A poll carried out by the independent, Moscow-based Levada Center earlier this month found that 42 percent of Russians think relations with the US are either "friendly," "good neighborly," or "normal and peaceful," while 47 percent think they are "cool" or "tense," and just 4 percent said they are "hostile."
"I can't see Romney's remarks as anything but an emotional outburst," says Gennady Gudkov, deputy chair of the State Duma's security committee. "That just doesn't correspond to the actual state of relations between our countries at all. Not only is Russia not a country that's hostile to the US, we are actually allies in many geopolitical issues. Russians may sometimes verbally abuse America, but we tend to keep our money over there, both privately and in the form of our national currency reserves, which are held largely in US dollars… In fact, Russia is far more interested in our relations with the US than the Americans are in their ties with Russia."
Obama has responded that his conversation with Medvedev was fairly normal pre-election banter, and that he was not "hiding the ball" from the American people when he asked the Russians to postpone what's likely to be a very nasty East-West spat over missile defense until after November.
But, speaking in Seoul yesterday, Medvedev didn't even bother to address that issue, and went straight after Romney.
"Regarding ideological clichés, every time this or that side uses phrases like 'enemy No. 1,' this always alarms me, this smells of Hollywood and certain times [of the past]," Medvedev said. "I would recommend all US presidential candidates ... do two things. First, when phrasing their position, one needs to use one's head, one's good reason, which would not do harm to a presidential candidate."
But some experts warn that East-West cooperation remains little more than skin-deep, and fundamental differences on both sides could lead to a new cold war. During his recent election presidential campaign, Vladimir Putin sounded pretty much like a Russian version of Mitt Romney when he accused the US of seeking global hegemony and "absolute invulnerability" at the expense of everyone else.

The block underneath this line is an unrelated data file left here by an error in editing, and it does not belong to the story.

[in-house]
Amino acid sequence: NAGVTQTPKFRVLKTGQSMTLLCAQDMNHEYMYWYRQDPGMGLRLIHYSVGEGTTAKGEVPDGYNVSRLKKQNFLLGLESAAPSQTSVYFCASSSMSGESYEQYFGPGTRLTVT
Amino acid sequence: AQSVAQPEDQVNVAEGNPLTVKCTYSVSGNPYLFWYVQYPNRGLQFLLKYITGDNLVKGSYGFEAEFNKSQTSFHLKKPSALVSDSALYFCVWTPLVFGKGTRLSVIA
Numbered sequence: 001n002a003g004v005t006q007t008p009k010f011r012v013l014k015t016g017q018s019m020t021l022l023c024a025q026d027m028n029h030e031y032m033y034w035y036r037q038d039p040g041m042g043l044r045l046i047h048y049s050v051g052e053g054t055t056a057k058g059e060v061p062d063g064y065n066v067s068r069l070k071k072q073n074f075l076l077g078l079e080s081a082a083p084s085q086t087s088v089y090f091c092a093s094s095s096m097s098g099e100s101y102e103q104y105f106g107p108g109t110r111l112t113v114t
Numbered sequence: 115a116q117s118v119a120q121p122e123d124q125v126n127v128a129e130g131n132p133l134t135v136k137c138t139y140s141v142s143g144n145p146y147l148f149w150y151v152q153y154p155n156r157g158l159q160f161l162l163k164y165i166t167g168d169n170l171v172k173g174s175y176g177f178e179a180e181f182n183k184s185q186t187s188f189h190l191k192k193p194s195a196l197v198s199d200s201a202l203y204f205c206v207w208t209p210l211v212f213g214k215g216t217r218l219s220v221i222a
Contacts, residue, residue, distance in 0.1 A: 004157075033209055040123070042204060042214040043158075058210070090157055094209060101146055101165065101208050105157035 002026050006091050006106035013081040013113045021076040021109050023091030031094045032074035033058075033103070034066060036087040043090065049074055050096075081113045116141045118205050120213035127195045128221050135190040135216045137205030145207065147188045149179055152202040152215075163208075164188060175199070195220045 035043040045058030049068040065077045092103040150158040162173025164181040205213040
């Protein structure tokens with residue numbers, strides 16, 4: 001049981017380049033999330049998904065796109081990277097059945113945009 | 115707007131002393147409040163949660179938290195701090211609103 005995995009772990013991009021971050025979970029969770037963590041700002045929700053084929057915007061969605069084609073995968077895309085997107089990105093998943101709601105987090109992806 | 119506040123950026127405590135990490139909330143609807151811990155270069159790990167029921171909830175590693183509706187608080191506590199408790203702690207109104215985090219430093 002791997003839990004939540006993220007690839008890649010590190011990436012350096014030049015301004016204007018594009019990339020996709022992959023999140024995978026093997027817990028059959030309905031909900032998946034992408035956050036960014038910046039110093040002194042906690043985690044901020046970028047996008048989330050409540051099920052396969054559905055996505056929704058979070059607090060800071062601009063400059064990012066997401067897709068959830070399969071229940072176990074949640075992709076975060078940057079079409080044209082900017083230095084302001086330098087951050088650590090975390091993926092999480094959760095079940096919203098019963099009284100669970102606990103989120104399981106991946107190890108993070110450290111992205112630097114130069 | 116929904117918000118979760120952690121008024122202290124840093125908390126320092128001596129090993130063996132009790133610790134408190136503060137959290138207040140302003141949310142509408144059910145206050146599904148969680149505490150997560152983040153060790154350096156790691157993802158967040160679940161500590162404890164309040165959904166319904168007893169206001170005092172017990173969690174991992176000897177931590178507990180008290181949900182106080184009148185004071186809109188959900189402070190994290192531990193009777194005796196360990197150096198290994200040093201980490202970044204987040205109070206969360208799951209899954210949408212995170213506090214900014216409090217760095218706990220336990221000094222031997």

And Romney's policy director, Lanhee Chen, made clear today that the "number one geopolitical foe" formulation was a carefully thought-out Romney position, and not an off-the-cuff remark.
"In contrast to President Obama, Governor Romney is clear-eyed about the geopolitical challenges Russia poses," Mr. Chen said. "Russia's nuclear arsenal, its energy resources, it geographic position astride Europe and Asia, the veto it wields on the UN Security Council, and the creeping authoritarianism of its government make Russia a unique geopolitical problem."
There are some in Russia, who see themselves as the mirror image of Romney's advisers, who welcome that kind of candor.
"Mitt Romney spoke the simple truth," says Alexander Dugin, head of the International Eurasian Movement, a shadowy group of officials, businessmen and ultra-nationalist intellectuals that reportedly has extensive Kremlin access.
Mr. Dugin favors the creation of a strong Eurasian bloc of states, with Russia at its core, that would resist US influence and the encroachments of Western culture.
"Russia, as a strategic space, as the heartland of Eurasia, represents the main obstacle to US global domination," he says. "It's very rare for anyone to state this openly, but those who schooled in geopolitics find nothing strange in Romney's statement. We accept the challenge."